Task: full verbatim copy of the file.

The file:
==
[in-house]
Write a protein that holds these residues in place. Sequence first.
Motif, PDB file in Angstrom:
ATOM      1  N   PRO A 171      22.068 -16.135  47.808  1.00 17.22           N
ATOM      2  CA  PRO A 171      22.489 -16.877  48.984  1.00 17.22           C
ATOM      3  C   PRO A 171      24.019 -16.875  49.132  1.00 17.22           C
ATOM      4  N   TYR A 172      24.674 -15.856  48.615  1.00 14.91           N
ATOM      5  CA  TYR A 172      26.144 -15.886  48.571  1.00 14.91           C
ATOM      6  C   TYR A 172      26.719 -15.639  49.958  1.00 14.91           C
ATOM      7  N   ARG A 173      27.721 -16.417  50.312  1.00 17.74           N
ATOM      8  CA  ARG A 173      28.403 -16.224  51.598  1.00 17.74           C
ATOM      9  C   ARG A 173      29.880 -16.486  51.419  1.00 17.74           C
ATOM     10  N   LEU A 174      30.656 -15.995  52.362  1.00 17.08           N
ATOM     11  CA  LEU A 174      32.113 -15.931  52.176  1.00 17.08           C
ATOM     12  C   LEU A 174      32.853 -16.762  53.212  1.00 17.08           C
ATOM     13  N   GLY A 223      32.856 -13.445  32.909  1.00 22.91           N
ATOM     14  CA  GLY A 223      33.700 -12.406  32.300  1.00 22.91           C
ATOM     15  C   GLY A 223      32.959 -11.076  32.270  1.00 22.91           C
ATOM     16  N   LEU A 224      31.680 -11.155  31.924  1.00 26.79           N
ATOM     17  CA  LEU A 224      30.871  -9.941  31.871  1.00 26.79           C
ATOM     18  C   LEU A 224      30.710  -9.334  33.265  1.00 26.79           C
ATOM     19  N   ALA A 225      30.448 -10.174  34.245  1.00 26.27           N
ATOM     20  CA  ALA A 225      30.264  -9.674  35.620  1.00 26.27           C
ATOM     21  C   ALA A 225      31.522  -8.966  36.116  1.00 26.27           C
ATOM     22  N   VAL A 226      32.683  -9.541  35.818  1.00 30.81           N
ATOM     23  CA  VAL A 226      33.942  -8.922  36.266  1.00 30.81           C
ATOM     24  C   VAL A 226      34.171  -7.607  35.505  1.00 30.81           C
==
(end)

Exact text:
[in-house]
Write a protein that holds these residues in place. Sequence first.
Motif, PDB file in Angstrom:
ATOM      1  N   PRO A 171      22.068 -16.135  47.808  1.00 17.22           N
ATOM      2  CA  PRO A 171      22.489 -16.877  48.984  1.00 17.22           C
ATOM      3  C   PRO A 171      24.019 -16.875  49.132  1.00 17.22           C
ATOM      4  N   TYR A 172      24.674 -15.856  48.615  1.00 14.91           N
ATOM      5  CA  TYR A 172      26.144 -15.886  48.571  1.00 14.91           C
ATOM      6  C   TYR A 172      26.719 -15.639  49.958  1.00 14.91           C
ATOM      7  N   ARG A 173      27.721 -16.417  50.312  1.00 17.74           N
ATOM      8  CA  ARG A 173      28.403 -16.224  51.598  1.00 17.74           C
ATOM      9  C   ARG A 173      29.880 -16.486  51.419  1.00 17.74           C
ATOM     10  N   LEU A 174      30.656 -15.995  52.362  1.00 17.08           N
ATOM     11  CA  LEU A 174      32.113 -15.931  52.176  1.00 17.08           C
ATOM     12  C   LEU A 174      32.853 -16.762  53.212  1.00 17.08           C
ATOM     13  N   GLY A 223      32.856 -13.445  32.909  1.00 22.91           N
ATOM     14  CA  GLY A 223      33.700 -12.406  32.300  1.00 22.91           C
ATOM     15  C   GLY A 223      32.959 -11.076  32.270  1.00 22.91           C
ATOM     16  N   LEU A 224      31.680 -11.155  31.924  1.00 26.79           N
ATOM     17  CA  LEU A 224      30.871  -9.941  31.871  1.00 26.79           C
ATOM     18  C   LEU A 224      30.710  -9.334  33.265  1.00 26.79           C
ATOM     19  N   ALA A 225      30.448 -10.174  34.245  1.00 26.27           N
ATOM     20  CA  ALA A 225      30.264  -9.674  35.620  1.00 26.27           C
ATOM     21  C   ALA A 225      31.522  -8.966  36.116  1.00 26.27           C
ATOM     22  N   VAL A 226      32.683  -9.541  35.818  1.00 30.81           N
ATOM     23  CA  VAL A 226      33.942  -8.922  36.266  1.00 30.81           C
ATOM     24  C   VAL A 226      34.171  -7.607  35.505  1.00 30.81           C